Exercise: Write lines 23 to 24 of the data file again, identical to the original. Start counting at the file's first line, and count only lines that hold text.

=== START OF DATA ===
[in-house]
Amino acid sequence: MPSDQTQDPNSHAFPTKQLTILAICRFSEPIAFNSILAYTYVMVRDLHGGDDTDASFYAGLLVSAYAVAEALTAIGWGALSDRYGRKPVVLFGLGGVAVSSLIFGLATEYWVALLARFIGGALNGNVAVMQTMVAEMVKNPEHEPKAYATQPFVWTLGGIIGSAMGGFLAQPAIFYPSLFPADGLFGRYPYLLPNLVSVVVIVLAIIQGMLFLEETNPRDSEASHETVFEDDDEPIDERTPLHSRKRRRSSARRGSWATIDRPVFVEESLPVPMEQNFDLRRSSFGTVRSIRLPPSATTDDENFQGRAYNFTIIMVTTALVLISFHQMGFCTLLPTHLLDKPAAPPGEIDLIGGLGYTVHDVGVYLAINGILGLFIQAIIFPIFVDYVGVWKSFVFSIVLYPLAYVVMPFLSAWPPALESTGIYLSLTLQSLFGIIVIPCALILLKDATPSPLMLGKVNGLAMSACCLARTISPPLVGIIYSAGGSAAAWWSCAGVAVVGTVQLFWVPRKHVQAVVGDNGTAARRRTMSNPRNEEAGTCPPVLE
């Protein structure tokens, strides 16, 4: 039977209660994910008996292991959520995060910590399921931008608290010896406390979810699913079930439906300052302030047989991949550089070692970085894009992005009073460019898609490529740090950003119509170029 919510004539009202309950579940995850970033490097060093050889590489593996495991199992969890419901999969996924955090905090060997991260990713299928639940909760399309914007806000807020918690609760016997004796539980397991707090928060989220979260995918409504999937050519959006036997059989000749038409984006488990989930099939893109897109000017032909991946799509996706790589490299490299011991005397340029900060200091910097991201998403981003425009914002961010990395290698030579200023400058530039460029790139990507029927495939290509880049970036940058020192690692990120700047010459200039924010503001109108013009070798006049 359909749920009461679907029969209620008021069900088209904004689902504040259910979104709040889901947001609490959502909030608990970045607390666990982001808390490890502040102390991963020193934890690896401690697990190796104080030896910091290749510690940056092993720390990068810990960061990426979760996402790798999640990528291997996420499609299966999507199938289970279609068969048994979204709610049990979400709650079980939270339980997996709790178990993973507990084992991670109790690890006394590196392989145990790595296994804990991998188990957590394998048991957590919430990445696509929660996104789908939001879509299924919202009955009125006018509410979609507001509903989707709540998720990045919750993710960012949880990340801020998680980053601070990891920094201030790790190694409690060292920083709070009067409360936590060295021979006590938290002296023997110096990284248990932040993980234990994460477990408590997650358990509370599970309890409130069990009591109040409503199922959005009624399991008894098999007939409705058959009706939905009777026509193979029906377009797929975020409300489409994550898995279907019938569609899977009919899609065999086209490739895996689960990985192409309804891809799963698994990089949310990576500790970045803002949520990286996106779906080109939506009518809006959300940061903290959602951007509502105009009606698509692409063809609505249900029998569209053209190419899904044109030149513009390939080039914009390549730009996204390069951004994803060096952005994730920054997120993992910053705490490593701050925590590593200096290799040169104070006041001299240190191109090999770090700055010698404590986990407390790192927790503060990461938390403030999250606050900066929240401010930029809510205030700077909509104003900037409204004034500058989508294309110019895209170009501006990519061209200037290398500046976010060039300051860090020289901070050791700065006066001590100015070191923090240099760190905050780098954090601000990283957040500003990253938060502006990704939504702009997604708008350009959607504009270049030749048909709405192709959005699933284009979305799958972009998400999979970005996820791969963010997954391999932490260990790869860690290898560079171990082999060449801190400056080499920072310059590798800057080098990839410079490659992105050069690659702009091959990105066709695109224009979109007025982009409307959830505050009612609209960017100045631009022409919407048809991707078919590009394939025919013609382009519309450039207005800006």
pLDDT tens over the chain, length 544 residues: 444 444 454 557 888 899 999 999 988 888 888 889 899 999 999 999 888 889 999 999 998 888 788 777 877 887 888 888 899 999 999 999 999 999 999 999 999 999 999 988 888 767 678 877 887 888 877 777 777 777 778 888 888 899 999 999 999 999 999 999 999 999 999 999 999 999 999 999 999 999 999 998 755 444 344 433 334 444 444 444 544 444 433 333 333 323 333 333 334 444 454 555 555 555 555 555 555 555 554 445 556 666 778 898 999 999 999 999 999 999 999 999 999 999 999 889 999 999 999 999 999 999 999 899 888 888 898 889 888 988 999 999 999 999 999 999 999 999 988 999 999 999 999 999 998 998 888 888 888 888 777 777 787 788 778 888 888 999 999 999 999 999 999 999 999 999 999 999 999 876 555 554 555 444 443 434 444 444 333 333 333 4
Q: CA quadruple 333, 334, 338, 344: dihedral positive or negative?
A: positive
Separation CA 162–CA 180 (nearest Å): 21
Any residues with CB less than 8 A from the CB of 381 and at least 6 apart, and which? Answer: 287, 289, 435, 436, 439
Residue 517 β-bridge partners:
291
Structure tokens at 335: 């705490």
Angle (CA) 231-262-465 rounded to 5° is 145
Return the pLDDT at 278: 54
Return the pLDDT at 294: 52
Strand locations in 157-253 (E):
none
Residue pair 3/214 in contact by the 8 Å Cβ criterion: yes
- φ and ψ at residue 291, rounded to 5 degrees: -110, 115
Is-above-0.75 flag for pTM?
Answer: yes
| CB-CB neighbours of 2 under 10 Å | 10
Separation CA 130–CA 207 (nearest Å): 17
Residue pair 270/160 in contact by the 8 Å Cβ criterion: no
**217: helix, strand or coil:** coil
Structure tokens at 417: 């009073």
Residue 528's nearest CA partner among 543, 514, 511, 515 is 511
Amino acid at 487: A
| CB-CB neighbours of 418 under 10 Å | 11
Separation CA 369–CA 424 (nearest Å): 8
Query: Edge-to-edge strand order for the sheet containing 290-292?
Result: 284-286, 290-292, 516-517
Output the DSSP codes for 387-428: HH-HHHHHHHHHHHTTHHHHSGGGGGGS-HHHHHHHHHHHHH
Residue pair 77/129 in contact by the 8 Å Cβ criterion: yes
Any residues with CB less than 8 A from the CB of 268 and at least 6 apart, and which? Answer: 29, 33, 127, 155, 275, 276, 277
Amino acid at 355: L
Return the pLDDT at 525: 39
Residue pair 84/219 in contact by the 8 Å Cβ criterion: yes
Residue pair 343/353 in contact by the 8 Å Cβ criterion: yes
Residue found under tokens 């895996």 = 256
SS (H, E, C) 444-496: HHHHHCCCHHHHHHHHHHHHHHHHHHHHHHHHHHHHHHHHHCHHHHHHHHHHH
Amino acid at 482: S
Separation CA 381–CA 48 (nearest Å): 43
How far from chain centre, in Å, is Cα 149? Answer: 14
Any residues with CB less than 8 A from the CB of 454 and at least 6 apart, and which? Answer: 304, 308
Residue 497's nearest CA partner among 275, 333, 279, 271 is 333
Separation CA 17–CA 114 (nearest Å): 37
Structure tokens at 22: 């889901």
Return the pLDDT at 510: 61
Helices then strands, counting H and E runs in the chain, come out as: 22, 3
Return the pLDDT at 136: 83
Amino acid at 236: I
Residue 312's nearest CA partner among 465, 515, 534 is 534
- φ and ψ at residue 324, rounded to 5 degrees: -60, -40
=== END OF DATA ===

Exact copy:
Residue pair 270/160 in contact by the 8 Å Cβ criterion: no
**217: helix, strand or coil:** coil